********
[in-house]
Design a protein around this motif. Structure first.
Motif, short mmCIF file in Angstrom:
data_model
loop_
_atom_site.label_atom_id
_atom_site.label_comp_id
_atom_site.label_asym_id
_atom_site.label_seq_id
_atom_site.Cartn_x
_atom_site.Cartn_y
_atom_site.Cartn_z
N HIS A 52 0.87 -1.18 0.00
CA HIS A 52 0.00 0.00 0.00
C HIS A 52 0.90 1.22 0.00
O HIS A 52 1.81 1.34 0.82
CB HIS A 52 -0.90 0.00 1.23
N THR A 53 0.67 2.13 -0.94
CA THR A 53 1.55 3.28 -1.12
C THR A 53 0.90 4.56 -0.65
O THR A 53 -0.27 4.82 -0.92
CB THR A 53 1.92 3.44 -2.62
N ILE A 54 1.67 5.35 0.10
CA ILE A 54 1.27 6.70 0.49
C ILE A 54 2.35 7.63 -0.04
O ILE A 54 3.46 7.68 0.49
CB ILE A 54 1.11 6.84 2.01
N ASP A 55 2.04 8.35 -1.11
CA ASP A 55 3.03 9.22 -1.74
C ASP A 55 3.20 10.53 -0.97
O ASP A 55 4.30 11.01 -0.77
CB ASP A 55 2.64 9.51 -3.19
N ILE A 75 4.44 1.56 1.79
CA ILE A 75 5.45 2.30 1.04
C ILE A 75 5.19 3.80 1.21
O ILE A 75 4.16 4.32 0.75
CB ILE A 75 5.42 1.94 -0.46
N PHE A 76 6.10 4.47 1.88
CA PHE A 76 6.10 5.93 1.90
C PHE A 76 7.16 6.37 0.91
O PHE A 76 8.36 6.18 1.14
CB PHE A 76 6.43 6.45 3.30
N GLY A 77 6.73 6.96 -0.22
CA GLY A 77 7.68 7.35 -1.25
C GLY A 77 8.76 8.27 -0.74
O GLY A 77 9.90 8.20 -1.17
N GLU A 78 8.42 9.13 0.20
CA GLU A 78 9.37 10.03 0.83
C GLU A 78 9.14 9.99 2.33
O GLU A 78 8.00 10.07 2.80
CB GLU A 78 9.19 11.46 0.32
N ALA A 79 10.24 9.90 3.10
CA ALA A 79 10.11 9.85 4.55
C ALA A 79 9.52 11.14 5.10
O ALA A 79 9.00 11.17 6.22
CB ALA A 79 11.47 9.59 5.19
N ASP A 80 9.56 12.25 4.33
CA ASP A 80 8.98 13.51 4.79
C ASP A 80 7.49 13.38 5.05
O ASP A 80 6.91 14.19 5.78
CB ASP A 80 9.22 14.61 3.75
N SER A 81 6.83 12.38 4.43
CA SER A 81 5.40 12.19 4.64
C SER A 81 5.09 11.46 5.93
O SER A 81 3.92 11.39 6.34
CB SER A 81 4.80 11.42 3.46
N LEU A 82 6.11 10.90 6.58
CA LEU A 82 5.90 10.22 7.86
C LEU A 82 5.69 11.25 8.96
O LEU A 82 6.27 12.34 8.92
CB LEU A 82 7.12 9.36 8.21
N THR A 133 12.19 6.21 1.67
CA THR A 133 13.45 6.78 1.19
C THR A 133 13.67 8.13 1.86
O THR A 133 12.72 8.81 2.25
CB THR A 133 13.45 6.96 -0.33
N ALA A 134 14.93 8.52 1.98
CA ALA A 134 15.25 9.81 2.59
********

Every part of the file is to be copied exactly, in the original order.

[in-house]
Design a protein around this motif. Structure first.
Motif, short mmCIF file in Angstrom:
data_model
loop_
_atom_site.label_atom_id
_atom_site.label_comp_id
_atom_site.label_asym_id
_atom_site.label_seq_id
_atom_site.Cartn_x
_atom_site.Cartn_y
_atom_site.Cartn_z
N HIS A 52 0.87 -1.18 0.00
CA HIS A 52 0.00 0.00 0.00
C HIS A 52 0.90 1.22 0.00
O HIS A 52 1.81 1.34 0.82
CB HIS A 52 -0.90 0.00 1.23
N THR A 53 0.67 2.13 -0.94
CA THR A 53 1.55 3.28 -1.12
C THR A 53 0.90 4.56 -0.65
O THR A 53 -0.27 4.82 -0.92
CB THR A 53 1.92 3.44 -2.62
N ILE A 54 1.67 5.35 0.10
CA ILE A 54 1.27 6.70 0.49
C ILE A 54 2.35 7.63 -0.04
O ILE A 54 3.46 7.68 0.49
CB ILE A 54 1.11 6.84 2.01
N ASP A 55 2.04 8.35 -1.11
CA ASP A 55 3.03 9.22 -1.74
C ASP A 55 3.20 10.53 -0.97
O ASP A 55 4.30 11.01 -0.77
CB ASP A 55 2.64 9.51 -3.19
N ILE A 75 4.44 1.56 1.79
CA ILE A 75 5.45 2.30 1.04
C ILE A 75 5.19 3.80 1.21
O ILE A 75 4.16 4.32 0.75
CB ILE A 75 5.42 1.94 -0.46
N PHE A 76 6.10 4.47 1.88
CA PHE A 76 6.10 5.93 1.90
C PHE A 76 7.16 6.37 0.91
O PHE A 76 8.36 6.18 1.14
CB PHE A 76 6.43 6.45 3.30
N GLY A 77 6.73 6.96 -0.22
CA GLY A 77 7.68 7.35 -1.25
C GLY A 77 8.76 8.27 -0.74
O GLY A 77 9.90 8.20 -1.17
N GLU A 78 8.42 9.13 0.20
CA GLU A 78 9.37 10.03 0.83
C GLU A 78 9.14 9.99 2.33
O GLU A 78 8.00 10.07 2.80
CB GLU A 78 9.19 11.46 0.32
N ALA A 79 10.24 9.90 3.10
CA ALA A 79 10.11 9.85 4.55
C ALA A 79 9.52 11.14 5.10
O ALA A 79 9.00 11.17 6.22
CB ALA A 79 11.47 9.59 5.19
N ASP A 80 9.56 12.25 4.33
CA ASP A 80 8.98 13.51 4.79
C ASP A 80 7.49 13.38 5.05
O ASP A 80 6.91 14.19 5.78
CB ASP A 80 9.22 14.61 3.75
N SER A 81 6.83 12.38 4.43
CA SER A 81 5.40 12.19 4.64
C SER A 81 5.09 11.46 5.93
O SER A 81 3.92 11.39 6.34
CB SER A 81 4.80 11.42 3.46
N LEU A 82 6.11 10.90 6.58
CA LEU A 82 5.90 10.22 7.86
C LEU A 82 5.69 11.25 8.96
O LEU A 82 6.27 12.34 8.92
CB LEU A 82 7.12 9.36 8.21
N THR A 133 12.19 6.21 1.67
CA THR A 133 13.45 6.78 1.19
C THR A 133 13.67 8.13 1.86
O THR A 133 12.72 8.81 2.25
CB THR A 133 13.45 6.96 -0.33
N ALA A 134 14.93 8.52 1.98
CA ALA A 134 15.25 9.81 2.59